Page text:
Buck Henry

Buck Henry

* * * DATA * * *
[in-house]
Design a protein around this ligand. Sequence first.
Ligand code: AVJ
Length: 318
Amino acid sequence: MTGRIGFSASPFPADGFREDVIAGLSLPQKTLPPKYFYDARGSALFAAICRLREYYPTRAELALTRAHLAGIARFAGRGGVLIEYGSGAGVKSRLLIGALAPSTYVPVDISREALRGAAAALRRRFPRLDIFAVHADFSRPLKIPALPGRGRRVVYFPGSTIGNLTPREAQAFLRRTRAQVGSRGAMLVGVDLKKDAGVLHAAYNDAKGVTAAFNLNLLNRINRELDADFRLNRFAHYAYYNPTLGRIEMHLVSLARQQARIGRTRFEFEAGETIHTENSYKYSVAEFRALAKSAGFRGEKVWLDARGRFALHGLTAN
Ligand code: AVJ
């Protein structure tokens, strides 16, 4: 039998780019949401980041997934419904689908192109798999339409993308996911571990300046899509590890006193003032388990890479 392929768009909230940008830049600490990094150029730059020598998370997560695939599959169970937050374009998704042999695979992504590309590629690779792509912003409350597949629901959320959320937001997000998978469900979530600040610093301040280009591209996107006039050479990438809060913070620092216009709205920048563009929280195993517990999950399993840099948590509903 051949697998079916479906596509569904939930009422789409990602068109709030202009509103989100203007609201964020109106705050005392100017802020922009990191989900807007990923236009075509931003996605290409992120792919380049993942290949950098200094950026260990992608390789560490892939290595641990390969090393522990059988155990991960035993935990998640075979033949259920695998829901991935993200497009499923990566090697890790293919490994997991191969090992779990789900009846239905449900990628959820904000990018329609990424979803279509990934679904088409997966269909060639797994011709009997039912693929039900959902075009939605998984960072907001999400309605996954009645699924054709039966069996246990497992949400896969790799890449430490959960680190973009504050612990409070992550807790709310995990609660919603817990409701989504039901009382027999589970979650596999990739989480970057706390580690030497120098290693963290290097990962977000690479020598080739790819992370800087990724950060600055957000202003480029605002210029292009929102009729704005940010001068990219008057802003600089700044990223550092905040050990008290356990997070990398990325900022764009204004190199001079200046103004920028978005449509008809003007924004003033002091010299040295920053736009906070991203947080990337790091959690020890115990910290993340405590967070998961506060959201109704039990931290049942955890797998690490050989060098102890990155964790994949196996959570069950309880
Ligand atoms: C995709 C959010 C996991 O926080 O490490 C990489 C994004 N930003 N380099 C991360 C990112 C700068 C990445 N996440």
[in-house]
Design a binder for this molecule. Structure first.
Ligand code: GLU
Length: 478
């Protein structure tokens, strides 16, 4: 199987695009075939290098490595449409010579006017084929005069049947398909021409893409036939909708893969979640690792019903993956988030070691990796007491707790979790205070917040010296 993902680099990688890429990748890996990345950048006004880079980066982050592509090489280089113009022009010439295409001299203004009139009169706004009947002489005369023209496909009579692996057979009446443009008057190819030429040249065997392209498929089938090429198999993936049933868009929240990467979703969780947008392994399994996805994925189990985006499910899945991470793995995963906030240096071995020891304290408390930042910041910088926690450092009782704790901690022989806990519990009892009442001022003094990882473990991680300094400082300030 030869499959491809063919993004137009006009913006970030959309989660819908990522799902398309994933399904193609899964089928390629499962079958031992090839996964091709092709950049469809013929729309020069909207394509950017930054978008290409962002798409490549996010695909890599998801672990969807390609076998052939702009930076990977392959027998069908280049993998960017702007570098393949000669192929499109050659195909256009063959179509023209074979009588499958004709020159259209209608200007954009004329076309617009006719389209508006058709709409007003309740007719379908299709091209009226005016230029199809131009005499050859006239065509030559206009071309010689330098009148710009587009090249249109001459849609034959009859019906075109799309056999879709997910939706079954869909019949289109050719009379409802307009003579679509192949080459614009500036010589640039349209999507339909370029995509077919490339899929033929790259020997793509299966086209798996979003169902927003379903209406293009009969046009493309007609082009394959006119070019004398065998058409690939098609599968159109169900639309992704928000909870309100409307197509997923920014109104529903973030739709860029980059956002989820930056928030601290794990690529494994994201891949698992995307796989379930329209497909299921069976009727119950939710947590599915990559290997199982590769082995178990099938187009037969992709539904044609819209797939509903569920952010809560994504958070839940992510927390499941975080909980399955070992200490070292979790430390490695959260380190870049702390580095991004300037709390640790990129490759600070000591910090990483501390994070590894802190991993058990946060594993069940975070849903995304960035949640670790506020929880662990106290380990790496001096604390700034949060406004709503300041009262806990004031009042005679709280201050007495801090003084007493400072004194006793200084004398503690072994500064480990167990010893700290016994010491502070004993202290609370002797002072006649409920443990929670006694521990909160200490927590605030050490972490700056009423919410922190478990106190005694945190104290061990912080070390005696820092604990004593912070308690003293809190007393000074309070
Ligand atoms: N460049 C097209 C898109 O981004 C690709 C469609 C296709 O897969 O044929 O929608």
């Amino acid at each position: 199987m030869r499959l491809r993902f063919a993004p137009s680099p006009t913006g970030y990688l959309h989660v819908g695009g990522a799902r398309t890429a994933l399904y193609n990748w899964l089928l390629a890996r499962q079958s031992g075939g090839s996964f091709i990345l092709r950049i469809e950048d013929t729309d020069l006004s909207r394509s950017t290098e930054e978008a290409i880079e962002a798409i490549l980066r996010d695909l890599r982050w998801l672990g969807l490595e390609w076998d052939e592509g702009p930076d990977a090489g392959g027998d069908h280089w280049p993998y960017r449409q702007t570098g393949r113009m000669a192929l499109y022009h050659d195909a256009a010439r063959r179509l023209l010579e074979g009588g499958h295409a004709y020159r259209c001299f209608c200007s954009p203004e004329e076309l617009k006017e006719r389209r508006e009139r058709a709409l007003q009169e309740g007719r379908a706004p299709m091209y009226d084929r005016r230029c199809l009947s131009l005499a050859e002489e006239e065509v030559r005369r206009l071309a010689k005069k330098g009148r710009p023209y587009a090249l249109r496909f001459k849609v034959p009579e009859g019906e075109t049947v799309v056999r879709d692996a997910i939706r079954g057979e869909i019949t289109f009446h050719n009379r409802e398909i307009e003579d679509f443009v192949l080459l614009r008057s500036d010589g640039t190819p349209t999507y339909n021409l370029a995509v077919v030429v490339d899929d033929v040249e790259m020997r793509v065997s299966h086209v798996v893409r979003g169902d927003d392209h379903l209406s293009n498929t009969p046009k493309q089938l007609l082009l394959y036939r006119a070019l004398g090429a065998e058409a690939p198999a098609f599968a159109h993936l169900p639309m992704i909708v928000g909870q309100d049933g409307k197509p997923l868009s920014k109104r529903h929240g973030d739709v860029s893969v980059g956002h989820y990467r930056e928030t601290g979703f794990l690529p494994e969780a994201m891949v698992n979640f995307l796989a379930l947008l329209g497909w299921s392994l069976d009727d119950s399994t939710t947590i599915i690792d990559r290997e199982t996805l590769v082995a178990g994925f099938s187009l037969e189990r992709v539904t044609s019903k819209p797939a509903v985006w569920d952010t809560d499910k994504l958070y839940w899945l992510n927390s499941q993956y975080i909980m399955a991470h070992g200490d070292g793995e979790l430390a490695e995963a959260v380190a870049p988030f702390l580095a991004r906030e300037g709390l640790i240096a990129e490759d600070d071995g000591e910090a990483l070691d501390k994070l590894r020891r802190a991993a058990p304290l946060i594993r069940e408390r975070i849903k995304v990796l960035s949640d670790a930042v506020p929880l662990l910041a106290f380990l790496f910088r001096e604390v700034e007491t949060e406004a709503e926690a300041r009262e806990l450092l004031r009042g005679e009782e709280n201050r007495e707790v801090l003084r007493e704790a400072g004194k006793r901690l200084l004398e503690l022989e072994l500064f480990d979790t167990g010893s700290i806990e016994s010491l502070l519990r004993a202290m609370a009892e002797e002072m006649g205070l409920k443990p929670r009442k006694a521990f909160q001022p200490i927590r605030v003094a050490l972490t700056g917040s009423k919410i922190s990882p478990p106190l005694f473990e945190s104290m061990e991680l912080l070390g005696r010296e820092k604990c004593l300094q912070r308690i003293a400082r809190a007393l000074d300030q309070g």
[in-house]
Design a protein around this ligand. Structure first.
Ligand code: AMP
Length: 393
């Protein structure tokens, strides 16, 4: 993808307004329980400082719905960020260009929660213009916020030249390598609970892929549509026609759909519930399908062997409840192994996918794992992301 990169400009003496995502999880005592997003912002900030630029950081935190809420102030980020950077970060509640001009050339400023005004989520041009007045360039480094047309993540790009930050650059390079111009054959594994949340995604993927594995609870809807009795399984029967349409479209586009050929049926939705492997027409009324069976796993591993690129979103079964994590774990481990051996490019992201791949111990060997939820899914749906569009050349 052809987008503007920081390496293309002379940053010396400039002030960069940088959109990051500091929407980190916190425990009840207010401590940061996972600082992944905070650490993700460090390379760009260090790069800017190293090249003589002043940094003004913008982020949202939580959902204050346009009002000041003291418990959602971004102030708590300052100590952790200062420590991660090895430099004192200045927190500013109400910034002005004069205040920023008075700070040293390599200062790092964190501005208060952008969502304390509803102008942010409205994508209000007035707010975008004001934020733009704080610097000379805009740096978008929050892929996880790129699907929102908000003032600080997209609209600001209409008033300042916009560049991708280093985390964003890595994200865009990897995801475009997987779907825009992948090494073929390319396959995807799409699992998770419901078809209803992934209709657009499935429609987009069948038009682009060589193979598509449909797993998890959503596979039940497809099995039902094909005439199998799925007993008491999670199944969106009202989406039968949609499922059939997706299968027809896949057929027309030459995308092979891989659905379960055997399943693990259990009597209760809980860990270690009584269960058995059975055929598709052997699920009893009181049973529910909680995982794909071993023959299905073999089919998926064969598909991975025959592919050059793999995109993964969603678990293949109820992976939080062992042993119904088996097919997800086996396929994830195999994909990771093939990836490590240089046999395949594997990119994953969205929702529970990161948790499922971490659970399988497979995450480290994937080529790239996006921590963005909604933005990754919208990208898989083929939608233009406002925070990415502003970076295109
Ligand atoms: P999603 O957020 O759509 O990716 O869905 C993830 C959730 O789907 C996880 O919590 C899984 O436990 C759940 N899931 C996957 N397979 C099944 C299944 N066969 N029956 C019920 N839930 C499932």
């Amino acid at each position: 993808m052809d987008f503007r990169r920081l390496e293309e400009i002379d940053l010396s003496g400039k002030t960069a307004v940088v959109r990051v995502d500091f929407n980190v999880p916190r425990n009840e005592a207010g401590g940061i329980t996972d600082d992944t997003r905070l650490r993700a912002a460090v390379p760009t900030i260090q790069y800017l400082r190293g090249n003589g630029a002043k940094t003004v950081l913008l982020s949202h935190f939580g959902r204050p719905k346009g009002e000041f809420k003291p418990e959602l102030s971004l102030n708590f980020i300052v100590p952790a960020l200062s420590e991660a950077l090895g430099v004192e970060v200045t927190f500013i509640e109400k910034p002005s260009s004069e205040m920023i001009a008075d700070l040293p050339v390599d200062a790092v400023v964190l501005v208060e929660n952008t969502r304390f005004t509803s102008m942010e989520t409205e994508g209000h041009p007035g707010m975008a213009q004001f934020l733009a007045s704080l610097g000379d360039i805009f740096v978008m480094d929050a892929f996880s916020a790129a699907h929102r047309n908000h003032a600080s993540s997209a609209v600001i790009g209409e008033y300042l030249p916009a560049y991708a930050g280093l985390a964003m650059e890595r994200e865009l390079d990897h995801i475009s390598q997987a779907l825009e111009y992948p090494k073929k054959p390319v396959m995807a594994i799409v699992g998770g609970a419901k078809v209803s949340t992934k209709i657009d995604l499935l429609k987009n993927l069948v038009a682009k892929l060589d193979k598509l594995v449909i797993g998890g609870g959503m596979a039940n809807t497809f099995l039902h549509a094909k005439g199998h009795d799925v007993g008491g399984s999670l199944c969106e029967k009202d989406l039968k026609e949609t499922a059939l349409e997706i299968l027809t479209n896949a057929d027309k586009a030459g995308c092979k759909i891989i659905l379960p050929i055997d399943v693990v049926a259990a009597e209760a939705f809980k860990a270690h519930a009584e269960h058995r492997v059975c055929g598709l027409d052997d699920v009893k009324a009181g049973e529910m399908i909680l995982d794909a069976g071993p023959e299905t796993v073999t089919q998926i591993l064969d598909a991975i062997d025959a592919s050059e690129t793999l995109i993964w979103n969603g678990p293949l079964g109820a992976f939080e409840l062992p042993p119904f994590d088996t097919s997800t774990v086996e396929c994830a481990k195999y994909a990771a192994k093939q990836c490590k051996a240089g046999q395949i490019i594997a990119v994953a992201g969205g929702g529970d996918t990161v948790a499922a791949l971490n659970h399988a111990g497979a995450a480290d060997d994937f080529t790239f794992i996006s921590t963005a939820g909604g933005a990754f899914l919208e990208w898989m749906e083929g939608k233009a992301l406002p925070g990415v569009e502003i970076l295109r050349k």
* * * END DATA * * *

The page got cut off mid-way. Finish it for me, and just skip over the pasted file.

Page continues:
Buck Henry (born Henry Zuckerman) was an American actor, writer, comedian, and filmmaker. He received numerous awards including a Primetime Emmy Award, a BAFTA Award, a Golden Globe Award, and two Writers Guild of America Awards. Henry's contributions to film included his work as a co-writer for Mike Nichols's The Graduate (1967) for which he received a nomination for the Academy Award for Best Adapted Screenplay. He also appeared in Nichols' Catch-22 (1970), Herbert Ross' The Owl and the Pussycat (1970), and Peter Bogdanovich's What's Up, Doc? (1972). In 1978, he co-directed Heaven Can Wait (1978) with Warren Beatty receiving a nomination for the Academy Award for Best Director. He later appeared in Albert Brooks' Defending Your Life (1991), and the Robert Altman films The Player (1992) and Short Cuts (1993). His long career began on television with work on shows with Steve Allen in The New Steve Allen Show (1961). He co-created Get Smart (1965–1970) with Mel Brooks for which he received the Primetime Emmy Award for Outstanding Writing for a Comedy Series. He has also served as a multiple time host of Saturday Night Live. Henry is a member of SNL's Five Timer's Club having hosted 10 times from 1976 to 1980. He later guest-starred in such popular shows as Murphy Brown, Hot in Cleveland, Will & Grace, and 30 Rock.